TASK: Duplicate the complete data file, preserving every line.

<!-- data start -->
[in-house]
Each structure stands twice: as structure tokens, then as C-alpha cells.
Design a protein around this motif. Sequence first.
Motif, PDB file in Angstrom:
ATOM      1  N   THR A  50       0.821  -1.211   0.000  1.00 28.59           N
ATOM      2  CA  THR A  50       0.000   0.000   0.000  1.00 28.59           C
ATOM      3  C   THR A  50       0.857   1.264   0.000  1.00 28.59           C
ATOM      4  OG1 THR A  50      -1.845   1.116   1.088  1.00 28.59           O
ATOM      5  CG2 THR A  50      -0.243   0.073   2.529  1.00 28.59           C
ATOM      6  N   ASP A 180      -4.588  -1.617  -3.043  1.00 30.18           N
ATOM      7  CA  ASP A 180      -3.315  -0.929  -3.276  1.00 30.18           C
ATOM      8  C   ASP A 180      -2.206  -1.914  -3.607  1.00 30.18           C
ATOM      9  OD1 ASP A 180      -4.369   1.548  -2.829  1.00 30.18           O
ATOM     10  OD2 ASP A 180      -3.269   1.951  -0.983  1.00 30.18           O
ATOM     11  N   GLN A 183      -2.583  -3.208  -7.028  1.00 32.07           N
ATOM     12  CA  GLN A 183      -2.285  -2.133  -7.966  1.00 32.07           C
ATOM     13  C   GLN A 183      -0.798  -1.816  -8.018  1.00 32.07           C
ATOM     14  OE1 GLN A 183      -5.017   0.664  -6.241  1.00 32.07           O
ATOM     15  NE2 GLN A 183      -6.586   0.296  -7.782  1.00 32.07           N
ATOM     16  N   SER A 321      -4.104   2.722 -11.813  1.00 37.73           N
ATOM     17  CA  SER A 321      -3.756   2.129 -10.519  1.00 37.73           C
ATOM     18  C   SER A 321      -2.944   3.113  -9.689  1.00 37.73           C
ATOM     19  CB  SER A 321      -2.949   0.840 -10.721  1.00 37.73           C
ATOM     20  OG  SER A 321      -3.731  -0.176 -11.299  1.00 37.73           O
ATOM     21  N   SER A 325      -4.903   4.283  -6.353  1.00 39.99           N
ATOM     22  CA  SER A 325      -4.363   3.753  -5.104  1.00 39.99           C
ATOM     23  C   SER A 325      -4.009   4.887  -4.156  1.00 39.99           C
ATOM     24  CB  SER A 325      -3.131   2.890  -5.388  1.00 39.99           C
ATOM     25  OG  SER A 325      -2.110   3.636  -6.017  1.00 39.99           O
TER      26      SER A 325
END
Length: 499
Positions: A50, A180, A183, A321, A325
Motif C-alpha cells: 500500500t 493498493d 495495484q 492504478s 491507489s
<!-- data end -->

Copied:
[in-house]
Each structure stands twice: as structure tokens, then as C-alpha cells.
Design a protein around this motif. Sequence first.
Motif, PDB file in Angstrom:
ATOM      1  N   THR A  50       0.821  -1.211   0.000  1.00 28.59           N
ATOM      2  CA  THR A  50       0.000   0.000   0.000  1.00 28.59           C
ATOM      3  C   THR A  50       0.857   1.264   0.000  1.00 28.59           C
ATOM      4  OG1 THR A  50      -1.845   1.116   1.088  1.00 28.59           O
ATOM      5  CG2 THR A  50      -0.243   0.073   2.529  1.00 28.59           C
ATOM      6  N   ASP A 180      -4.588  -1.617  -3.043  1.00 30.18           N
ATOM      7  CA  ASP A 180      -3.315  -0.929  -3.276  1.00 30.18           C
ATOM      8  C   ASP A 180      -2.206  -1.914  -3.607  1.00 30.18           C
ATOM      9  OD1 ASP A 180      -4.369   1.548  -2.829  1.00 30.18           O
ATOM     10  OD2 ASP A 180      -3.269   1.951  -0.983  1.00 30.18           O
ATOM     11  N   GLN A 183      -2.583  -3.208  -7.028  1.00 32.07           N
ATOM     12  CA  GLN A 183      -2.285  -2.133  -7.966  1.00 32.07           C
ATOM     13  C   GLN A 183      -0.798  -1.816  -8.018  1.00 32.07           C
ATOM     14  OE1 GLN A 183      -5.017   0.664  -6.241  1.00 32.07           O
ATOM     15  NE2 GLN A 183      -6.586   0.296  -7.782  1.00 32.07           N
ATOM     16  N   SER A 321      -4.104   2.722 -11.813  1.00 37.73           N
ATOM     17  CA  SER A 321      -3.756   2.129 -10.519  1.00 37.73           C
ATOM     18  C   SER A 321      -2.944   3.113  -9.689  1.00 37.73           C
ATOM     19  CB  SER A 321      -2.949   0.840 -10.721  1.00 37.73           C
ATOM     20  OG  SER A 321      -3.731  -0.176 -11.299  1.00 37.73           O
ATOM     21  N   SER A 325      -4.903   4.283  -6.353  1.00 39.99           N
ATOM     22  CA  SER A 325      -4.363   3.753  -5.104  1.00 39.99           C
ATOM     23  C   SER A 325      -4.009   4.887  -4.156  1.00 39.99           C
ATOM     24  CB  SER A 325      -3.131   2.890  -5.388  1.00 39.99           C
ATOM     25  OG  SER A 325      -2.110   3.636  -6.017  1.00 39.99           O
TER      26      SER A 325
END
Length: 499
Positions: A50, A180, A183, A321, A325
Motif C-alpha cells: 500500500t 493498493d 495495484q 492504478s 491507489s